8. The apparatus of claim 7, further comprising output tagging and/or reading stations connected to the output transfer conveyors for tagging and/or reading loaded baskets leaving the output lanes before moving the loaded baskets to the output conveyor.
9. The apparatus of claim 1, wherein the stacker retriever further comprises two spaced vertical member, wherein the carriage rides up and down on the two spaced vertical members, and wherein the carrier further comprises at least two parallel carriers for entering the rack and depositing baskets deeply within the rack and retrieving baskets from deeply within the rack.
10. The apparatus of claim 9, further comprising a bypass transfer conveyor connected between the input conveyor and the output conveyor for transferring loaded baskets directly from the input conveyor to the output conveyor.
11. The apparatus of claim 10, further comprising switches connected between the input conveyor and the reject conveyor, the input conveyor and the bypass transfer conveyor, and the input conveyor and the input transfer conveyors, for selectively switching loaded baskets according to identifications on the loaded baskets.
12. The apparatus of claim 11, further comprising switches connected to the first and second loaders and destination tag readers connected to the switches for offloading selected loaded baskets from the output conveyor to the loaders or a conveyor loop.
13. Apparatus for temporarily storing surges of product and retrieving the product comprising an input conveyor connected to a source of product-loaded baskets, an identification station connected to the input conveyor for checking identification of the loaded baskets, a rejection conveyor connected to the identification station for receiving loaded baskets with no or improper identification, a storage rack having multiple rows of storage arranged in multiple tiers, multiple storage locations roughly equivalent to a number of tiers times a number of rows, each of the storage locations having an elongation capable of receiving and storing multiple loaded baskets or stacks of loaded baskets, an aisle adjacent the storage rack, each of the storage locations opening into the aisle for access from the aisle, a stacker retriever mounted in the aisle and having at least one vertical member for moving horizontally along the aisle in front of the openings of the storage locations, a carriage movable up and down the at least one vertical member for aligning with the storage locations and at least one carrier mounted on the carriage for moving from the carriage into the storage locations for depositing loaded baskets into the storage locations and for retrieving loaded baskets from the storage locations, at least one robotic input lane connected to the rack, an input transfer conveyor connected between the input conveyor and the robotic input lane, at least one robotic output lane connected to the rack, an output transfer conveyor connected between the output conveyor and a robotic output lane, an output tag station connected to the output transfer conveyor for tagging and/or reading loaded baskets moving onto the output transfer conveyor, an output conveyor connected to the output transfer conveyor and a loading output connected to the output conveyor for moving the loaded baskets away from the storage apparatus.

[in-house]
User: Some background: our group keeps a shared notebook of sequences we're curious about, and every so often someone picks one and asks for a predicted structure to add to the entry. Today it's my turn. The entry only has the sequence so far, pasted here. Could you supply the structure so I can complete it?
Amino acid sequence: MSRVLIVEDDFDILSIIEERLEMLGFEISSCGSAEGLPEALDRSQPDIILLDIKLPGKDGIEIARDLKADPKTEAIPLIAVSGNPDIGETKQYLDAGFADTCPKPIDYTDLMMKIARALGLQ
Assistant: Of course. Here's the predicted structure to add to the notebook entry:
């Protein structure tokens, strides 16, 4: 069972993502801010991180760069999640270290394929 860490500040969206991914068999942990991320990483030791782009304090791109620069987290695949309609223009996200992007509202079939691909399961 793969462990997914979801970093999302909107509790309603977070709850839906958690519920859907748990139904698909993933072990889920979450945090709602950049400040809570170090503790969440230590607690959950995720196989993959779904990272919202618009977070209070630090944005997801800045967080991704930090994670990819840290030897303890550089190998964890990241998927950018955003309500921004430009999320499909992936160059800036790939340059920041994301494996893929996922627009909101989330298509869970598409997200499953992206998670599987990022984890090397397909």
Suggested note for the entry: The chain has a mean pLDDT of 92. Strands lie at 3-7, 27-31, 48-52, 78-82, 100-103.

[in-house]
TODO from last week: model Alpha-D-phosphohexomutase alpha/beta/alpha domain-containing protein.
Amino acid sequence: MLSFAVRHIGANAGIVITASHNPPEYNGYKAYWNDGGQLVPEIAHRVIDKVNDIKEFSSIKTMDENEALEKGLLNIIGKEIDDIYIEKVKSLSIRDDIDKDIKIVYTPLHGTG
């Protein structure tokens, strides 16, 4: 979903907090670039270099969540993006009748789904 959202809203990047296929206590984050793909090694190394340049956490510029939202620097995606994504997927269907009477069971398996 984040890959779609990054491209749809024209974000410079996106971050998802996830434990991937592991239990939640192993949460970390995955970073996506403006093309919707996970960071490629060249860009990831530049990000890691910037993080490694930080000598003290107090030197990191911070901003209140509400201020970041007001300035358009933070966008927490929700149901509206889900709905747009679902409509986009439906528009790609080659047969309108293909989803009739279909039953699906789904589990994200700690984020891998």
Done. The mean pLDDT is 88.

14. The apparatus of claim 13, further comprising a second rack spaced from the first rack and positioned adjacent the aisle with openings in storage locations opening into the aisle for receiving the carriers with loaded baskets in the second storage locations in the second rack and for receiving the carrier to remove loaded baskets or stacks from the second storage locations, second robotic input and output lanes connected to the second rack for transferring loaded baskets or stacks into and out of the racks, a second input transfer conveyor connected to the robotic input lane and to the input conveyor for transferring loaded baskets or stacks from the input conveyor to the second robotic input lane and a second robotic output transfer conveyor connected to the second robotic output lane and to the output conveyor for transferring loaded baskets or stacks from the second robotic output lane to the output conveyor.
15. The apparatus of claim 14, wherein the robotic lanes comprise a first robotic input lane and a first robotic output lane in the first storage rack and a second robotic input lane and a second robotic output lane in the second storage rack.
16. The apparatus of claim 15, further comprising a second output tag station connected to the second output transfer conveyor for tagging and/or reading a destination of the loaded baskets.
17. The apparatus of claim 16, further comprising a second loader connected to the output conveyor for receiving loaded baskets and moving loaded baskets away from the output conveyor.